Despite their imperfections, the international community accepts some measures as broadly indicative. The Human Development Index (HDI), pioneered by the United Nations Development Programme (UNDP),48 captures health status and service access by including life, expectancy, economic prospects by using GDP per capita, and educational endowments by combining adult literacy and school enrolment rates.

In 1996, UNDP introduced two new indices to capture the gender-differentiated nature of human development. The first, the Gender Development Indicator (GDI), uses the same components as the HDI but differentiates them by gender.49 The second, the Gender Empowerment Measure (GEM), uses a set of measures: seats in parliament held by women; the proportion of administrators and managers who are women; the proportion of professional and technical workers who are women;50 and woman's share of earned income.

While these are important indicators, they do not measure the full range of women's possible options. The Gender Equality Index (GEI), developed under the auspices of the International Statistical Institute, seeks to be more comprehensive (Table 2).

Not all countries have the necessary data, however, which has prevented the full elaboration of this index.

Some attempts have been made to measure women's status using existing data sets, notably the Demographic and Health Surveys (DHS) undertaken in more than 60 countries by the end of 1999.51 The broad range of topics covered and detailed household descriptions allow a variety of studies.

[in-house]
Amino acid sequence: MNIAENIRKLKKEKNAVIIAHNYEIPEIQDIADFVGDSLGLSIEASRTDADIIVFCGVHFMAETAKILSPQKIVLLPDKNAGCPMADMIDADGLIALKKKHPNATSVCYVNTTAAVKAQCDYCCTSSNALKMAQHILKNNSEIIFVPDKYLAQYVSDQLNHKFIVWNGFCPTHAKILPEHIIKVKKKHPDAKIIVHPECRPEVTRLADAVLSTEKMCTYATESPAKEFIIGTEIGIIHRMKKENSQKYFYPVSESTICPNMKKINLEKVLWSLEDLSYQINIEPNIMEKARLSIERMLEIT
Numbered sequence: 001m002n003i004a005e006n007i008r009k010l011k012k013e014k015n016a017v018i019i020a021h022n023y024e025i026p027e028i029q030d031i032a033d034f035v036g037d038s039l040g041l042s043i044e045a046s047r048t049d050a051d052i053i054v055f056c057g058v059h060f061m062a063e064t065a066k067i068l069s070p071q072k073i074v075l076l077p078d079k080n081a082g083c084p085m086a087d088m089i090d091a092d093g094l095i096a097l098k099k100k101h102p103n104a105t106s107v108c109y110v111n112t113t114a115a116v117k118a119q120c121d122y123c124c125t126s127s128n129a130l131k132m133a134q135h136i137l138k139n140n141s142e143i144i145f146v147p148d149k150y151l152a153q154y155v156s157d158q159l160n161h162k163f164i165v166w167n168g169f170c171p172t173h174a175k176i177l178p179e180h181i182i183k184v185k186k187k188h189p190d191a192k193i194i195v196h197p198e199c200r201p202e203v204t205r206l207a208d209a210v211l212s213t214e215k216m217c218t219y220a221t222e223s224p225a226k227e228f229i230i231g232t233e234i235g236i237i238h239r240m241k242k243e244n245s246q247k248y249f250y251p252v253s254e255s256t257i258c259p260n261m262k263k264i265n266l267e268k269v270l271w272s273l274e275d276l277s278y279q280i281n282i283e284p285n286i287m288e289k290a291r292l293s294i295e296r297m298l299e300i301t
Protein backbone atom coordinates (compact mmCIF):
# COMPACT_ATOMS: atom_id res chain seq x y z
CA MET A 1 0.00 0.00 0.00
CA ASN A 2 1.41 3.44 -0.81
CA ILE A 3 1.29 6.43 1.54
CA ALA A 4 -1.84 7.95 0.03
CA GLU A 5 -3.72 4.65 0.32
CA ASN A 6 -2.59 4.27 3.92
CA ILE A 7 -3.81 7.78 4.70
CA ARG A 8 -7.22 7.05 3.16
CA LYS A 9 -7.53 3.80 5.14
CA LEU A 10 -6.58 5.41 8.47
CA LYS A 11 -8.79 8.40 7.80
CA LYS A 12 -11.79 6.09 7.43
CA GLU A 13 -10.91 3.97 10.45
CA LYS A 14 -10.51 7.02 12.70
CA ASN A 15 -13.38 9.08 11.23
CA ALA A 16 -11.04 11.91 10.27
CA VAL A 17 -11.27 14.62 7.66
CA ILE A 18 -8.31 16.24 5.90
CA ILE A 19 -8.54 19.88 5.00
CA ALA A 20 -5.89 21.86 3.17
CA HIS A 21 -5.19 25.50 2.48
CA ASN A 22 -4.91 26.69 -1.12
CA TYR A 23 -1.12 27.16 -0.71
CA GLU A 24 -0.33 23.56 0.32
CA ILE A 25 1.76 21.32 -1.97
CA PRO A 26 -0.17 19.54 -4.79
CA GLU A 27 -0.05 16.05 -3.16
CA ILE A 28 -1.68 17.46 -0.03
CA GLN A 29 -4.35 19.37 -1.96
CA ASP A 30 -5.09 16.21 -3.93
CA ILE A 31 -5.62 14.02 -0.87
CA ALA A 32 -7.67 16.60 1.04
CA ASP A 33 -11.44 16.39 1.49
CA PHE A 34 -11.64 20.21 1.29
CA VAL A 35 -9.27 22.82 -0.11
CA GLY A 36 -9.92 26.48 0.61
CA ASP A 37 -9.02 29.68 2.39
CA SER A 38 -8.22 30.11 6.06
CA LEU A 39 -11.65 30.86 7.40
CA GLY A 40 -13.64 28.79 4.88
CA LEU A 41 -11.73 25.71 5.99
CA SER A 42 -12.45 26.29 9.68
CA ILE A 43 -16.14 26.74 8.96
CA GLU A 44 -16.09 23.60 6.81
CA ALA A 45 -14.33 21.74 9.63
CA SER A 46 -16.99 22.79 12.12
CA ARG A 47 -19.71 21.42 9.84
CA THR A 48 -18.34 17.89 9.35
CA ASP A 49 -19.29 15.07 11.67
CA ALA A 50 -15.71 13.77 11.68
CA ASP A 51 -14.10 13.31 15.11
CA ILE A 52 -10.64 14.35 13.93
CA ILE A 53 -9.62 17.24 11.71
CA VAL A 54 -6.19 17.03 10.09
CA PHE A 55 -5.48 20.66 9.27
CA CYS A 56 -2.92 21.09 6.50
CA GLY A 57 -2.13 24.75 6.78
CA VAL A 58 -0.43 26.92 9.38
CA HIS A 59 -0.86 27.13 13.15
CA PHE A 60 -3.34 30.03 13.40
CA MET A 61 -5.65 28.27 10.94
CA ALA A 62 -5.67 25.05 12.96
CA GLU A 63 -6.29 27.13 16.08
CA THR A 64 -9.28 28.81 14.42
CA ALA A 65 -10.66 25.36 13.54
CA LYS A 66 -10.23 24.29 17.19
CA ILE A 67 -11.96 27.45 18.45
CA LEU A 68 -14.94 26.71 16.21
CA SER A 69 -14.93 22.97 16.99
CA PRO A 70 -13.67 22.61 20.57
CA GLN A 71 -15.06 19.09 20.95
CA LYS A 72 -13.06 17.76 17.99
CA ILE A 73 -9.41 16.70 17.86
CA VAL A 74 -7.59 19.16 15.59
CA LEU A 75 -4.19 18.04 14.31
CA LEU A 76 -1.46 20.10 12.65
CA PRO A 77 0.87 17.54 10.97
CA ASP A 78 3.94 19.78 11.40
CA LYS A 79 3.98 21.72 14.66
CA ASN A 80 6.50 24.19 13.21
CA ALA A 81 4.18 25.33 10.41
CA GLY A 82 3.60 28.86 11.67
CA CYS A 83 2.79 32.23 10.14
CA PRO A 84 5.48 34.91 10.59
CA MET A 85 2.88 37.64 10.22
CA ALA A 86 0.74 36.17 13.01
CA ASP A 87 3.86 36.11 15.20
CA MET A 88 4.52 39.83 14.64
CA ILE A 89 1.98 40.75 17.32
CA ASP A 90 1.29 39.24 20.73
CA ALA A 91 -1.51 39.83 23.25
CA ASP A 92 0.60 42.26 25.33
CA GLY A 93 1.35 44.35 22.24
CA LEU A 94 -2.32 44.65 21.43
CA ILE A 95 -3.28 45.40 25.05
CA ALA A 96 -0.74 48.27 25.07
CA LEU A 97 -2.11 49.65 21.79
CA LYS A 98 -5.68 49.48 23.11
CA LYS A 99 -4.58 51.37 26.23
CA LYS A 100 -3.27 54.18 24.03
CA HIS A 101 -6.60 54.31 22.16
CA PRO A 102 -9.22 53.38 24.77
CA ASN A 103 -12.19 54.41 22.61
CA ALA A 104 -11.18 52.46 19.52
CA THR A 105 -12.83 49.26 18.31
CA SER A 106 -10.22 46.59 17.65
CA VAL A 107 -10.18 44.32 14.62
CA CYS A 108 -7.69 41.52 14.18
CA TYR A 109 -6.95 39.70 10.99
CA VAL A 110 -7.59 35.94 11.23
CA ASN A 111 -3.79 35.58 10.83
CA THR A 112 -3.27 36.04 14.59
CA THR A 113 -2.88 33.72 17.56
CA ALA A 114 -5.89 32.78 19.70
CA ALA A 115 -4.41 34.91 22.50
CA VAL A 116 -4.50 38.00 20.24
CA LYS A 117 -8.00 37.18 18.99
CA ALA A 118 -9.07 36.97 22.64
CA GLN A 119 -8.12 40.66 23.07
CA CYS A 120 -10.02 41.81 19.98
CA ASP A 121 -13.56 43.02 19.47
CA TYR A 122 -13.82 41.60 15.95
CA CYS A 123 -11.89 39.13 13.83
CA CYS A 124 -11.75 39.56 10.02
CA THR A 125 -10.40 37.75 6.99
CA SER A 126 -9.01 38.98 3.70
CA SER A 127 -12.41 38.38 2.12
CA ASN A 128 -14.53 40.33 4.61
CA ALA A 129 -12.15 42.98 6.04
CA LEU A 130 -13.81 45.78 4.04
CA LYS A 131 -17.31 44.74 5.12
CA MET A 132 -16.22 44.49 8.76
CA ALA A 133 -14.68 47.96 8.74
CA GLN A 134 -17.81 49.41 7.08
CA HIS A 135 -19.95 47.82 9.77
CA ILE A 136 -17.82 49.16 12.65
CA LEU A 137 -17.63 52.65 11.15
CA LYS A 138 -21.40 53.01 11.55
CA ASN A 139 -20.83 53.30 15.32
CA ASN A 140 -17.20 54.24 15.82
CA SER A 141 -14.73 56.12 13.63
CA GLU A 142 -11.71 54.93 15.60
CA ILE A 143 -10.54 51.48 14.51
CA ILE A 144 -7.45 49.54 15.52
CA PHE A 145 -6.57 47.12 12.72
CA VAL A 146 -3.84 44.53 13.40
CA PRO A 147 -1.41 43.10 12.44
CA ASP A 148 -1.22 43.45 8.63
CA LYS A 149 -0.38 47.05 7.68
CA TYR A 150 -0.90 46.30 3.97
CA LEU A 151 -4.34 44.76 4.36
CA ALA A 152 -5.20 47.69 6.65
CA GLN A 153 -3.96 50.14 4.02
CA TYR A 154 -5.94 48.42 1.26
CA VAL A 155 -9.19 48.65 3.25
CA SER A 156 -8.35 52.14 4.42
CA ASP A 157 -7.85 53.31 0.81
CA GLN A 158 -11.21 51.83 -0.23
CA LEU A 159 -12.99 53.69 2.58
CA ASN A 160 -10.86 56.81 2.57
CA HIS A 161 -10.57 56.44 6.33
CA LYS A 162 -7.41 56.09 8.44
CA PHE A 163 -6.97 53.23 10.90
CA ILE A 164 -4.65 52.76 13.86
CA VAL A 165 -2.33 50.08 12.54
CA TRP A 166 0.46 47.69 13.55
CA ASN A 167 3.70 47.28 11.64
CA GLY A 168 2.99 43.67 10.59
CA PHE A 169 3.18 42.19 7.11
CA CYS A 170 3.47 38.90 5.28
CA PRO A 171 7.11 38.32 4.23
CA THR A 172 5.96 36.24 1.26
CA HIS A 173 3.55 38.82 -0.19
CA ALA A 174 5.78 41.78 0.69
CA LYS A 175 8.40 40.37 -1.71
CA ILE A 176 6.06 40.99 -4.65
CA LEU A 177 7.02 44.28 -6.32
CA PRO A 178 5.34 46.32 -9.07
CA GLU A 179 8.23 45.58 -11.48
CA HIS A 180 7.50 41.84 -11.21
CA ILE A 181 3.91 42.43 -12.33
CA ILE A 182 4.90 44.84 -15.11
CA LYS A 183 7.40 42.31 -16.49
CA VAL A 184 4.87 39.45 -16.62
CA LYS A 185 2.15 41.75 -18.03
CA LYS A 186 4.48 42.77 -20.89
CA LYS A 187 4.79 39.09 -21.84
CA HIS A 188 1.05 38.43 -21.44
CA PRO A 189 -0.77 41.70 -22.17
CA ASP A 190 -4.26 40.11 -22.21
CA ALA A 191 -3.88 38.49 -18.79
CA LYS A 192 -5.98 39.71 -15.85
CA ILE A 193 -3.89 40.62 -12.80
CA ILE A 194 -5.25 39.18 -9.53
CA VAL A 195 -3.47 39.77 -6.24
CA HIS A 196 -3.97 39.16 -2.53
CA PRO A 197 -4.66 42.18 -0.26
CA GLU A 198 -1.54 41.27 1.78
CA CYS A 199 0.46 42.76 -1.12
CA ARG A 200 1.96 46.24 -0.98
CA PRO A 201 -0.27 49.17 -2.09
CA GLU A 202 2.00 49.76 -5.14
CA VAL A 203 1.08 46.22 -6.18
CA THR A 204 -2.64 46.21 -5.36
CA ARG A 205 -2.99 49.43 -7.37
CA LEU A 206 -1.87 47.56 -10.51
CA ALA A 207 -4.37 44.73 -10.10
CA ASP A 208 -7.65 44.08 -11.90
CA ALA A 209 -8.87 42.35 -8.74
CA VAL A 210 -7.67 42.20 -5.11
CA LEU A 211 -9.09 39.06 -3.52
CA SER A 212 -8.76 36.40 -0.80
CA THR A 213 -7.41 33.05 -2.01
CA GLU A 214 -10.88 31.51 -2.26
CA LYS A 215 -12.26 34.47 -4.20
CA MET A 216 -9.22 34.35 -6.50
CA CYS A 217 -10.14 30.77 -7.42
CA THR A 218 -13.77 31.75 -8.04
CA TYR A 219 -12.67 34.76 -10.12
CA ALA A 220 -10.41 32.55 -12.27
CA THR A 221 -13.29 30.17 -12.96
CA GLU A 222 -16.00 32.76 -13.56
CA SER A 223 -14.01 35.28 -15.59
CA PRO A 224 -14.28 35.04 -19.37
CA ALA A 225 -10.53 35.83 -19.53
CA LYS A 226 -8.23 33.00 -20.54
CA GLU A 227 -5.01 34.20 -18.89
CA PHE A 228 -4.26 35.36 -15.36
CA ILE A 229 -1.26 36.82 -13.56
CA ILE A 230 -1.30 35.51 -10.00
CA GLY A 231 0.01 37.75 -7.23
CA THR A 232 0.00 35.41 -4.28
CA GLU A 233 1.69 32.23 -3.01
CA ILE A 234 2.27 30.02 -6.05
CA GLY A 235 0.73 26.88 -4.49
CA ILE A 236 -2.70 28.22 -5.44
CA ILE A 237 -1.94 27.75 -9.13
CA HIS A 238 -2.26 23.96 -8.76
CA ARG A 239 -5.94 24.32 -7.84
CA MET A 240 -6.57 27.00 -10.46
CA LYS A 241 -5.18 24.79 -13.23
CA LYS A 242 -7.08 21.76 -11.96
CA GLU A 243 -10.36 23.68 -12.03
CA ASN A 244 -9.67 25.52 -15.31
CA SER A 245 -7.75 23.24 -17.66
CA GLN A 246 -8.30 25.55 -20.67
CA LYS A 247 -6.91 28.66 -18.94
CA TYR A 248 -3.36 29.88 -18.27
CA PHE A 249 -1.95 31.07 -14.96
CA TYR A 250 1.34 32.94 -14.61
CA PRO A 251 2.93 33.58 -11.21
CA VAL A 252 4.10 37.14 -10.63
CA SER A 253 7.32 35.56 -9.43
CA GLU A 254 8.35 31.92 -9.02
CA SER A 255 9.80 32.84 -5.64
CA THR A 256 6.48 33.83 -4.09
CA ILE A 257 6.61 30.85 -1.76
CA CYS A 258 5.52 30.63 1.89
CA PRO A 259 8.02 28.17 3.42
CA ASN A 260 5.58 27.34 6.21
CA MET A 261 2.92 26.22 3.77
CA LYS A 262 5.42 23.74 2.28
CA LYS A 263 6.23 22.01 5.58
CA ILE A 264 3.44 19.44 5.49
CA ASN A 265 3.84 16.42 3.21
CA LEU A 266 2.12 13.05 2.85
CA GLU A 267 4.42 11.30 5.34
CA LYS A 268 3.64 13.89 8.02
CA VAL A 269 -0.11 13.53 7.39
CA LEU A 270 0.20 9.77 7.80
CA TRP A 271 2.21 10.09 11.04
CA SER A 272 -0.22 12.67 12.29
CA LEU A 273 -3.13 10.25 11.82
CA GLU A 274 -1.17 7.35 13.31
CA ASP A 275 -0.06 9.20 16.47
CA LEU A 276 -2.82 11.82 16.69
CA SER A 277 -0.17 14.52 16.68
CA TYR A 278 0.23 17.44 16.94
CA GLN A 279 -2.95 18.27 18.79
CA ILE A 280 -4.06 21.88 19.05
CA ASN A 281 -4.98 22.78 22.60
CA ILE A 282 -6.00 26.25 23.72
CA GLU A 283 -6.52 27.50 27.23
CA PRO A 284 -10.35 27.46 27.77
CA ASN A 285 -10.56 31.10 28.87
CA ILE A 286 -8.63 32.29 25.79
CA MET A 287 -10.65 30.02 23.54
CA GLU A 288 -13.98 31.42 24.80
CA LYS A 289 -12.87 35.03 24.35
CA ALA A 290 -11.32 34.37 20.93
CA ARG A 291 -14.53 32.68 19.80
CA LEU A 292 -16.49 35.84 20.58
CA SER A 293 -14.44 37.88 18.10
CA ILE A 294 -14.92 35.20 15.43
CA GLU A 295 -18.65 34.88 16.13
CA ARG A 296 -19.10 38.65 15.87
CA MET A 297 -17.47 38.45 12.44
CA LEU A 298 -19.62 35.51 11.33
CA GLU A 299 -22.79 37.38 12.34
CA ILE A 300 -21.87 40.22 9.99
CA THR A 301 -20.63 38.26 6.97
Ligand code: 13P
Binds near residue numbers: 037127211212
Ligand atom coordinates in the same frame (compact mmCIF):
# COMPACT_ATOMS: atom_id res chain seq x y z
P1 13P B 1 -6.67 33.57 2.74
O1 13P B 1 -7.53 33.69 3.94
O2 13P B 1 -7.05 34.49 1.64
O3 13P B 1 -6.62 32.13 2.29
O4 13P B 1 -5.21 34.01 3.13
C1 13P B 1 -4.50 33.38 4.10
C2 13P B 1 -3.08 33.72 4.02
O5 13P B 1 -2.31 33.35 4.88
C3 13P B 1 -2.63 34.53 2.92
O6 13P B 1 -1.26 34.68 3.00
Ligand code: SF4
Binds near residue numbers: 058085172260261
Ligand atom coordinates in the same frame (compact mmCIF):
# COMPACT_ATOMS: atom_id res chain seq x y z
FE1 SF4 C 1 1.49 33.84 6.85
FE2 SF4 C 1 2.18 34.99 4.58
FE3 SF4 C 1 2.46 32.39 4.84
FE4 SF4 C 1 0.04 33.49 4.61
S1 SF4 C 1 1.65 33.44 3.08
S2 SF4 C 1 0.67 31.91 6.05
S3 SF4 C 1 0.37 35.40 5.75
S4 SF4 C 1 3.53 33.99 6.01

One such indicator, the Threshold Measure of Women's Status (TMWS), identifies six areas of life concern — socio-economic status, female household headship, education and exposure, employment and workload, marriage and childbirth, and ascribed status — and defines thresholds of successful performance on specific indicators in each area.52 TWMS has a finer mesh than other summary or aggregate measures. But it still does not capture many details of decision-making within families; that would require survey questions about who decides about household purchases, for example, or whether a woman needs permission to travel outside the home.53

Where data allow a comparison of all three approaches, the overall rankings of countries on the GDI, GEM and TMWS are about the same. But for many countries, the indicators differ about what areas need most attention.

An analysis, similar to the GEM and GEI, of indicators in sub-Saharan Africa also showed general consistency but wide variation on specific measures,54 and did not find simple causal linkages between different measures. Relatively high levels of education, for example, were not clearly associated with higher levels of political power-sharing.

Table 2: Gender Equality Index

Area of life concern

     Indicator(s)

Autonomy of the body

  • Legal protection against and incidence of gender-based violence
  • Control over sexuality
  • Control over reproduction

Autonomy within the family and household

  • Freedom to marry and divorce